For example a cartoonish style will generally feel more upbeat, it will be taken less seriously and more lightly, where as a very detailed realistic style will typically be taken more seriously because it entices viewers to really take time to examine the piece carefully. Abstract styles can have a plethora of different effects on viewers, ranging from chaos to confusion to serenity. But whatever style a piece is chosen to be created in, just be aware that it can have an underlying affect on the overall message the work is attempting to convey.

Topic

This one may seem obvious, but the overall topic of a piece can have a major effect on the perceived message it has. If you are trying to convey a very specific idea, then topic can become increasingly important. For example, you probably don’t want to draw someone happily smiling and playing in a beautiful field of flowers if you are trying to portray depression. Additionally, you probably wouldn’t want to make the topic of your piece something fluid like music or dance if you wanted to portray an idea of foundation and settling down. Obviously these two examples are very subjective, and it’s very much on a case by case basis, but it is something I feel is important to keep in mind.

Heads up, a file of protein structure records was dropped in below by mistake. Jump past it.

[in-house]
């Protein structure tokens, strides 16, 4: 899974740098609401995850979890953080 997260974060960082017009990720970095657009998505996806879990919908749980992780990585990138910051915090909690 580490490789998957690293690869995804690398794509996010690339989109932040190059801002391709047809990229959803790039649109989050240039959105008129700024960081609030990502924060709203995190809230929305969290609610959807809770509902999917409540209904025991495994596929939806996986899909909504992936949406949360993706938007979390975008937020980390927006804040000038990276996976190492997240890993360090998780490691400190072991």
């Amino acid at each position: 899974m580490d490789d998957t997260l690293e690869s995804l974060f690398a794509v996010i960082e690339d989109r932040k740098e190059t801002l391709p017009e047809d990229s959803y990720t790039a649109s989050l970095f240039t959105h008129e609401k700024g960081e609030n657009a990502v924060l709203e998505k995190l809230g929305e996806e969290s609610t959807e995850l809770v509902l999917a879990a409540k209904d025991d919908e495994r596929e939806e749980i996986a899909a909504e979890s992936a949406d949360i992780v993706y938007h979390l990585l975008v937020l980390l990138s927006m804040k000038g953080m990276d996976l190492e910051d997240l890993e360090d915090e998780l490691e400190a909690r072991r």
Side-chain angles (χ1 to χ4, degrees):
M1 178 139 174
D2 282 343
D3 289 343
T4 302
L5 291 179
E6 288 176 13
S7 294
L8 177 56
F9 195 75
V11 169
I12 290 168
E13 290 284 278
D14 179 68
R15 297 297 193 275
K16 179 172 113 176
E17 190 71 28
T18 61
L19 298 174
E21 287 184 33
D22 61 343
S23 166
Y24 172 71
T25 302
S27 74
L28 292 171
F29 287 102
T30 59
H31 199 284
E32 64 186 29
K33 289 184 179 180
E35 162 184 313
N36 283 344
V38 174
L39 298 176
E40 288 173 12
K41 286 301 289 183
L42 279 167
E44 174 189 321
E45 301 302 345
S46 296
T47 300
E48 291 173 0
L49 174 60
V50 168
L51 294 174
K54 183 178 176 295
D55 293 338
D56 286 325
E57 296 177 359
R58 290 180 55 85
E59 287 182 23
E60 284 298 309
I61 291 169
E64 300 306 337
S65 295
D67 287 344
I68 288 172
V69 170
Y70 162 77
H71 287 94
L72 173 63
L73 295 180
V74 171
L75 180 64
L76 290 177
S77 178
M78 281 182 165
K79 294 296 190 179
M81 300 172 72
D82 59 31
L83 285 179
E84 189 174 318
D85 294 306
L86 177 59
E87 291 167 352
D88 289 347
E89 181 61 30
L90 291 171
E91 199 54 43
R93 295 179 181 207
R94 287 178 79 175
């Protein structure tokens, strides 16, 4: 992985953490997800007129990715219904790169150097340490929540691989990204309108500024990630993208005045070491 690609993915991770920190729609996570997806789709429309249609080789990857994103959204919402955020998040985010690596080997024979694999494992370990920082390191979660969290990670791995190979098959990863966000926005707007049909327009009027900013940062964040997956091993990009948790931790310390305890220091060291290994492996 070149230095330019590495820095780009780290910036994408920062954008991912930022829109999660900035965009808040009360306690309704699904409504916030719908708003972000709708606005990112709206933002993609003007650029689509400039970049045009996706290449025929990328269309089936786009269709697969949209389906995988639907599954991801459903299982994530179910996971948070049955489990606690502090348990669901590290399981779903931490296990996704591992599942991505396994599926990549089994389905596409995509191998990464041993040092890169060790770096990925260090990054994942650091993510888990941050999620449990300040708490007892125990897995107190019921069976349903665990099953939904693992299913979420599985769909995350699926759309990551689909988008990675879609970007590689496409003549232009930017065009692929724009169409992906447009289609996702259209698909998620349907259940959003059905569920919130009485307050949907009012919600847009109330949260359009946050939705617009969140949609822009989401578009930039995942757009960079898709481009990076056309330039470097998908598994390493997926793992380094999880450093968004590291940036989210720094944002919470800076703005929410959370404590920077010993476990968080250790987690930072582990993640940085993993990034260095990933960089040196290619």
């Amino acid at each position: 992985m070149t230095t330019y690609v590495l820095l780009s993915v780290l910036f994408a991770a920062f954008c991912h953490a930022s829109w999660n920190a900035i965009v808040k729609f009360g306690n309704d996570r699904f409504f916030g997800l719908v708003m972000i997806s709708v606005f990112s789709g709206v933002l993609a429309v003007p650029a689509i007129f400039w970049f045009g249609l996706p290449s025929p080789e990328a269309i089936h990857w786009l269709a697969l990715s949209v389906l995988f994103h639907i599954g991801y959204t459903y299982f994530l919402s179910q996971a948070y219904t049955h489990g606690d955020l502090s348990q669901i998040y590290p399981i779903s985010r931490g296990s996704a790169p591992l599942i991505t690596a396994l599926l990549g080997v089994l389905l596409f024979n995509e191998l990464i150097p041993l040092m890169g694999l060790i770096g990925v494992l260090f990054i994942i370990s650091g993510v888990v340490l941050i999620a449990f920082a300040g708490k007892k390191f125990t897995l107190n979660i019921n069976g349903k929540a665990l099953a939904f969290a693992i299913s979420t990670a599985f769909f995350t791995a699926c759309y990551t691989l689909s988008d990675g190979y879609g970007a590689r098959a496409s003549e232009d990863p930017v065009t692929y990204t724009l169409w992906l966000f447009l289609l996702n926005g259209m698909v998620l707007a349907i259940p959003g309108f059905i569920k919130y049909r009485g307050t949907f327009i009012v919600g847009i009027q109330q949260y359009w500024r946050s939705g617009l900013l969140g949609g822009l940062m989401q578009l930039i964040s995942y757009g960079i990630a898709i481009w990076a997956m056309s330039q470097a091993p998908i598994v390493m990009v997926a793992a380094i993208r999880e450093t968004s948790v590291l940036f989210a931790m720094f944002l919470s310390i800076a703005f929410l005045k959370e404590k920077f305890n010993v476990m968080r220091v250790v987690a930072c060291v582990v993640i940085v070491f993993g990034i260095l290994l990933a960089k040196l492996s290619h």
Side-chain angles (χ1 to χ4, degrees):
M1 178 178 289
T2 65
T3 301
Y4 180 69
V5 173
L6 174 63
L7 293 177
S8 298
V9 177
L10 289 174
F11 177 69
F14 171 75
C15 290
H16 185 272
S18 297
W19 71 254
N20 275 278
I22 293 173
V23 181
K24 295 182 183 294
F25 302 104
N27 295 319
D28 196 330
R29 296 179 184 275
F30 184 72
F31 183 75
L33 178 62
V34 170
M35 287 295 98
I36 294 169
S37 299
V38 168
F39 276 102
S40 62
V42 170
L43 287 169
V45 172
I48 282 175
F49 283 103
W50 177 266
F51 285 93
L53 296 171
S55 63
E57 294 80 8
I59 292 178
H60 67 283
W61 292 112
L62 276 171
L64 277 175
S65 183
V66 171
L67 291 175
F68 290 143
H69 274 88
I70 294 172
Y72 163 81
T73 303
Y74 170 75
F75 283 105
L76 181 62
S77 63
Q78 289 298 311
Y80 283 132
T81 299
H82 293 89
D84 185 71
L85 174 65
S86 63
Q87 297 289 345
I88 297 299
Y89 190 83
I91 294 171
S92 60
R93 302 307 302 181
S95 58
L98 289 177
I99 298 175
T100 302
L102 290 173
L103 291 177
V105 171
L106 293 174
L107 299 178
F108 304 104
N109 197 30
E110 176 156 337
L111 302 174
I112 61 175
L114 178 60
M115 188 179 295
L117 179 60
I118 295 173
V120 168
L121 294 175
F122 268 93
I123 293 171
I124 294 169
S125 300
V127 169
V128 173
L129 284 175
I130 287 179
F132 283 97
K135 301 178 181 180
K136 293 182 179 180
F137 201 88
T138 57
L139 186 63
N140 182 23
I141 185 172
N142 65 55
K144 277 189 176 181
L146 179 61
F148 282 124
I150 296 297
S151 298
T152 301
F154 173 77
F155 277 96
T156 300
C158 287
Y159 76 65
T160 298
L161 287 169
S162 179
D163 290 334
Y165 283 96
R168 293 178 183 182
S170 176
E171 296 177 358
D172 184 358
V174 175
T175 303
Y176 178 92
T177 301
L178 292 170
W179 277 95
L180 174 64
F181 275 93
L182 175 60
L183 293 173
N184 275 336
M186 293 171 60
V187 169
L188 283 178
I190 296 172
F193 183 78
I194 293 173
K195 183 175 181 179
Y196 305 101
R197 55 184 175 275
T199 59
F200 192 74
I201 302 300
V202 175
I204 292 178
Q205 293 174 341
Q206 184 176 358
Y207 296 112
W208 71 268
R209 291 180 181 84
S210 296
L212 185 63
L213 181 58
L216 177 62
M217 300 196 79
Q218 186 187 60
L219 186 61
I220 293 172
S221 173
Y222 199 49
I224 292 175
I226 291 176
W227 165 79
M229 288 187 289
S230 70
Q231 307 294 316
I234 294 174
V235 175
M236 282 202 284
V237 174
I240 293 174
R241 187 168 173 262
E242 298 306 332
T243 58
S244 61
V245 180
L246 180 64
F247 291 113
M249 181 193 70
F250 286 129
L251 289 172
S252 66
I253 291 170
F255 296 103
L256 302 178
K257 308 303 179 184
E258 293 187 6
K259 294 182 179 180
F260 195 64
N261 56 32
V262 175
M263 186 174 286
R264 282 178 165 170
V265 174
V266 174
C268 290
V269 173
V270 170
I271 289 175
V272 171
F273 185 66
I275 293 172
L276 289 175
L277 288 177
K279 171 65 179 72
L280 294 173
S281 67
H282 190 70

So what now?

Overall, as artists there are many different aspects of a piece that we can change in order to alter the perception of our viewers. We can change the color to affect mood, we can alter the detailing, the perspective, the style, and even the topic to change how we want to try and portray our message. There are most definitely many more design aspects that can be involved in a viewer’s perception, such as tension, rhythm, clarity, and balance, but for now these are just some of the bigger elements that have a huge affect on the piece as a whole.

Thank you so much for reading this article. Don’t forget to follow what drives you in life, and have a wonderful day!